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  Field Notes From
Medellín's Mean Streets



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Medellín's Mean Streets On AssignmentArrows

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From Author

Eliza Griswold



Medellín's Mean Streets On Assignment

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From Photographer

Meredith Davenport



In most cases these accounts are edited versions of a spoken interview. They have not been researched and may differ from the printed article.

Photographs by Betty Bastidas (top) and Merri Cyr


 

Medellín's Mean Streets On Assignment Author Medellín's Mean Streets On Assignment Author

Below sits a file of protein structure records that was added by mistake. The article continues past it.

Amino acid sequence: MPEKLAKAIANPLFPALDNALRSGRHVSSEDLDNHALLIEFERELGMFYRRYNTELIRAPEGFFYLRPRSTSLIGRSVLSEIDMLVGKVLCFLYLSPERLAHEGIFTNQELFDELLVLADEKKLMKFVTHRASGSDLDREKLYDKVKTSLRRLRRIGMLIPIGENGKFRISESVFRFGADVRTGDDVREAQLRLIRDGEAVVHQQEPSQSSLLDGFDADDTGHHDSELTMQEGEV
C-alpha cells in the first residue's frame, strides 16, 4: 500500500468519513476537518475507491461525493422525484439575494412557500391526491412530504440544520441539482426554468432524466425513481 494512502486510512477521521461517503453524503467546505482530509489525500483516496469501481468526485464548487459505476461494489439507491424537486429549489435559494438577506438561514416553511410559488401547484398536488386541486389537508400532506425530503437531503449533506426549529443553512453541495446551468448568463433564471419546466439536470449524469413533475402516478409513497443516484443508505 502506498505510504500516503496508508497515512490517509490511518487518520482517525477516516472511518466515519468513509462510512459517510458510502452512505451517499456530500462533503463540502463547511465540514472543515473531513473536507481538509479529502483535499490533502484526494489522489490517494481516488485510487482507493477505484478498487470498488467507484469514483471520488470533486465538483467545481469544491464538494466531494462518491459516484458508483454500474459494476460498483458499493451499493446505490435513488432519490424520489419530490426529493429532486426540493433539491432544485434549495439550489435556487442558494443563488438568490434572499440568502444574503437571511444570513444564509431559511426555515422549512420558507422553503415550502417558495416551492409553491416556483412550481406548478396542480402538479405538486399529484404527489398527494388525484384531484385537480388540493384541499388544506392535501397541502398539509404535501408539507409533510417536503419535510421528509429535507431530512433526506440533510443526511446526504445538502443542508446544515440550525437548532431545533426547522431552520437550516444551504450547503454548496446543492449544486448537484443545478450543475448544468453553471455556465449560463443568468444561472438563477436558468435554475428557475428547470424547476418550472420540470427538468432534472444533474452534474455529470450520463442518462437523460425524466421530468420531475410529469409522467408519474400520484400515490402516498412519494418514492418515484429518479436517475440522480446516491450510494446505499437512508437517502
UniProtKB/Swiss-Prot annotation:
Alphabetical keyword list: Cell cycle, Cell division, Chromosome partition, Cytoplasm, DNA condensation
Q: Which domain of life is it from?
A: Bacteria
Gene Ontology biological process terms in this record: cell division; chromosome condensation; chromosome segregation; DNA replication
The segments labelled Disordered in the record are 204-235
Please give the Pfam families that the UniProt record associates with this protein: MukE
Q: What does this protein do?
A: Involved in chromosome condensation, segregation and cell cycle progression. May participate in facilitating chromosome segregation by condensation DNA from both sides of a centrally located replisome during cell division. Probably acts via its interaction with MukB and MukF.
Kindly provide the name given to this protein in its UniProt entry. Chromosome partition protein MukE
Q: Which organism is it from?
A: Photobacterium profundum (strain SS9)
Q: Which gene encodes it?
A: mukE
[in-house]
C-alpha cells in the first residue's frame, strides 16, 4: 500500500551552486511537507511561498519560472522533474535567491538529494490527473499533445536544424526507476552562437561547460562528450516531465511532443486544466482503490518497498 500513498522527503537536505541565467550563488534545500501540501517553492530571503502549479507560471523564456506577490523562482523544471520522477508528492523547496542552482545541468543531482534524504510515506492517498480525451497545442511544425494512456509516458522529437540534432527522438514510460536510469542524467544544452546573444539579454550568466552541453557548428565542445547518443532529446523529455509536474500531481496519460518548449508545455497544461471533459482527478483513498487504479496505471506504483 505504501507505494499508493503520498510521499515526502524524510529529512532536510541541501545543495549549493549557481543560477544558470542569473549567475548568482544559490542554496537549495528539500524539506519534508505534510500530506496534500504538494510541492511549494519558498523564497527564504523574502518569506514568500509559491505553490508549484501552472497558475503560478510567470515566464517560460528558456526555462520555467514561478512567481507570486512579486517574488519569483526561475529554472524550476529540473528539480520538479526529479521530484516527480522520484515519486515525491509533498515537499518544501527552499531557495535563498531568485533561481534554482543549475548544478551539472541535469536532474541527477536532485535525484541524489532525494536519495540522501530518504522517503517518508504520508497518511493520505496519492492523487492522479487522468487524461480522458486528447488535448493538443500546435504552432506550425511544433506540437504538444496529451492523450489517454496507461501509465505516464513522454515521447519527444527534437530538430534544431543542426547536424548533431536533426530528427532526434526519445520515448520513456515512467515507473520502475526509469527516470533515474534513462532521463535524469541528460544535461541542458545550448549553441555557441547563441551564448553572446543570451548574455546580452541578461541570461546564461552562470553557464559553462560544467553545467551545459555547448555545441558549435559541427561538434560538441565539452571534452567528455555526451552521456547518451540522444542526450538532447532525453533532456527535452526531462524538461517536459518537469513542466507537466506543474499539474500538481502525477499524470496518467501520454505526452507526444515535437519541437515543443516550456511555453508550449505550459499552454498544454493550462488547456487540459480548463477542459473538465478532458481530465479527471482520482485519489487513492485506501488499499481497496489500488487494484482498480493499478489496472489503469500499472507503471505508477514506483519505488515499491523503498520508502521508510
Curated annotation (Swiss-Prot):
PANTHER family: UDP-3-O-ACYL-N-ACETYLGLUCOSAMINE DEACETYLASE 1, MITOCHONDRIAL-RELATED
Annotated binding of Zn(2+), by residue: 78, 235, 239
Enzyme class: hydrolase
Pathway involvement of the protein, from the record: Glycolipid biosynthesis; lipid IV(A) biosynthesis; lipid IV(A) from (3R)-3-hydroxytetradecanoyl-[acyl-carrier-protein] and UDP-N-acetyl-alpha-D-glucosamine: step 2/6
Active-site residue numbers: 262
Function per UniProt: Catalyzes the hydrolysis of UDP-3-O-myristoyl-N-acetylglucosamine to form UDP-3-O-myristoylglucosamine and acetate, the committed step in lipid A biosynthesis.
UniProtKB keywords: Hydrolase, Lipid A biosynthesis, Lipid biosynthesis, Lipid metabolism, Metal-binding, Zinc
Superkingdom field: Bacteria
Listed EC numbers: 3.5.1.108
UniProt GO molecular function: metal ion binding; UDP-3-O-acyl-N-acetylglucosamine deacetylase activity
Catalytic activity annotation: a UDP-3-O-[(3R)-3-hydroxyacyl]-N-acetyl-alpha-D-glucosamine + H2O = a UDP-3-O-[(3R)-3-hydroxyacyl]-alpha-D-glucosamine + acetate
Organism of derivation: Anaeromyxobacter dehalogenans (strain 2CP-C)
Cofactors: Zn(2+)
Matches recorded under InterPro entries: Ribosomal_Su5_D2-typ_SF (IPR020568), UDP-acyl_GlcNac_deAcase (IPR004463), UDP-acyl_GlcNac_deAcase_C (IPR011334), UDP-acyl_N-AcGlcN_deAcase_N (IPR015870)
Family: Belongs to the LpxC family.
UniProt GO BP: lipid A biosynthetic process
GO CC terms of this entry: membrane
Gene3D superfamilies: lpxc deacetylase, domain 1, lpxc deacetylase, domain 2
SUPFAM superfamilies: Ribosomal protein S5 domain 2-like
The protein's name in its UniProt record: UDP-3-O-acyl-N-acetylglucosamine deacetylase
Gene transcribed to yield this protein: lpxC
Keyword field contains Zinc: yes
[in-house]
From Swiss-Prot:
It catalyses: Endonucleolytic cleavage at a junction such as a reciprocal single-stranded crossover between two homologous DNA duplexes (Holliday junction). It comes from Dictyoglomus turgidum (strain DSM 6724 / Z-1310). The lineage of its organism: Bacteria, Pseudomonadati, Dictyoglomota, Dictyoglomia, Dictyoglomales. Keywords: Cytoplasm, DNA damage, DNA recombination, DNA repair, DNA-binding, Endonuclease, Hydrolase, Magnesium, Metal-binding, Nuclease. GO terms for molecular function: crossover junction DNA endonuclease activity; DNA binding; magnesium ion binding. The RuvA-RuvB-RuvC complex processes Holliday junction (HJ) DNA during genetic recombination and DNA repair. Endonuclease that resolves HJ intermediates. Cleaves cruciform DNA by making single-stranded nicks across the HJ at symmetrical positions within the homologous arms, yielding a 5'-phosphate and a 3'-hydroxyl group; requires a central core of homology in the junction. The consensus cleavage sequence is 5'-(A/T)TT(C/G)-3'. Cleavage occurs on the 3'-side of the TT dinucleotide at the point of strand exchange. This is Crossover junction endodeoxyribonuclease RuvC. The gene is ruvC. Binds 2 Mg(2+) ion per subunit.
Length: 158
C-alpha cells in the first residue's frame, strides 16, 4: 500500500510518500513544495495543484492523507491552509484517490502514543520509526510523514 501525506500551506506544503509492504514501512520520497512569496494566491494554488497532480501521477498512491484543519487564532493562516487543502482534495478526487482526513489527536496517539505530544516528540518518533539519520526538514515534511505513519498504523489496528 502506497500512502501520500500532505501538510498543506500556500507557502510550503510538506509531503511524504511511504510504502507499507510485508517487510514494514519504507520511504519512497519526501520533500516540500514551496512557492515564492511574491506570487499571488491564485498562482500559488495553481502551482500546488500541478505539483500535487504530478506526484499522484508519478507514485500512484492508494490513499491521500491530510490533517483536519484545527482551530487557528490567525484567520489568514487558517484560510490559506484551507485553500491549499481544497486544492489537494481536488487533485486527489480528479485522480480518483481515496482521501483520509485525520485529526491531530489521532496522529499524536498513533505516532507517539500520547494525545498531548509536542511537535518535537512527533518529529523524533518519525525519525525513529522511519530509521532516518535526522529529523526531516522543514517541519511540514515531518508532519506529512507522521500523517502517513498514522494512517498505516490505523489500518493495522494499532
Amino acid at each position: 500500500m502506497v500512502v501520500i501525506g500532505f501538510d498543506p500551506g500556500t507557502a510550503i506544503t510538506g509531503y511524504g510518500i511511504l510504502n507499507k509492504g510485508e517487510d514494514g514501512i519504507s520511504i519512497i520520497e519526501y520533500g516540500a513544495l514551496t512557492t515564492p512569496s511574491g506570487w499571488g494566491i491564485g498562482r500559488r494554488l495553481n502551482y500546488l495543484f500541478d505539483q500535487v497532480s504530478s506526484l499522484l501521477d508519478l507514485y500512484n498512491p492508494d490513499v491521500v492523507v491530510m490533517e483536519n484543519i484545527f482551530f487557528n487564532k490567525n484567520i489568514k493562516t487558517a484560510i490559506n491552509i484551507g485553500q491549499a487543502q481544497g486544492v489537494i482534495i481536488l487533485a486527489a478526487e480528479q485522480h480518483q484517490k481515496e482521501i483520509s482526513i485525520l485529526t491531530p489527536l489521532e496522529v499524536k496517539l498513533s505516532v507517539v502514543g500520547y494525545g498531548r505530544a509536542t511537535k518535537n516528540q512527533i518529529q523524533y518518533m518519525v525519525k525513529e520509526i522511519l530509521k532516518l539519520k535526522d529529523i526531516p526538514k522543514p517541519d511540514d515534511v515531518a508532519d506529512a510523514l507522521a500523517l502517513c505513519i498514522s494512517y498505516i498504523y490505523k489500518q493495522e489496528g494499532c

Medellín's Mean Streets

Field Notes From Author
Eliza Griswold

Best Worst Quirkiest
   I had a good time watching photographer Meredith Davenport and her Colombian farmer friend whoop and scramble around a muddy wallow trying to stir some sullen hippos. We were on the old estate of the late drug kingpin Pablo Escobar. A decade after his death, the hippos he imported are still living there.

   After the third hour of watching the hippos refusing to comply with Meredith, I was terribly uninterested in the whole thing. You can't interview a hippo, so they didn't serve what I needed to do at all. Plus, I got bitten by a bunch of potentially malaria-infected mosquitoes.

   Medellín is the weirdest city in the world, and its geography reflects the level of economic and social bifurcation. The center of the city is so incredibly rich that it feels like Los Angeles, but once you go up into the hills where the shantytowns are, it's like a war zone.

   


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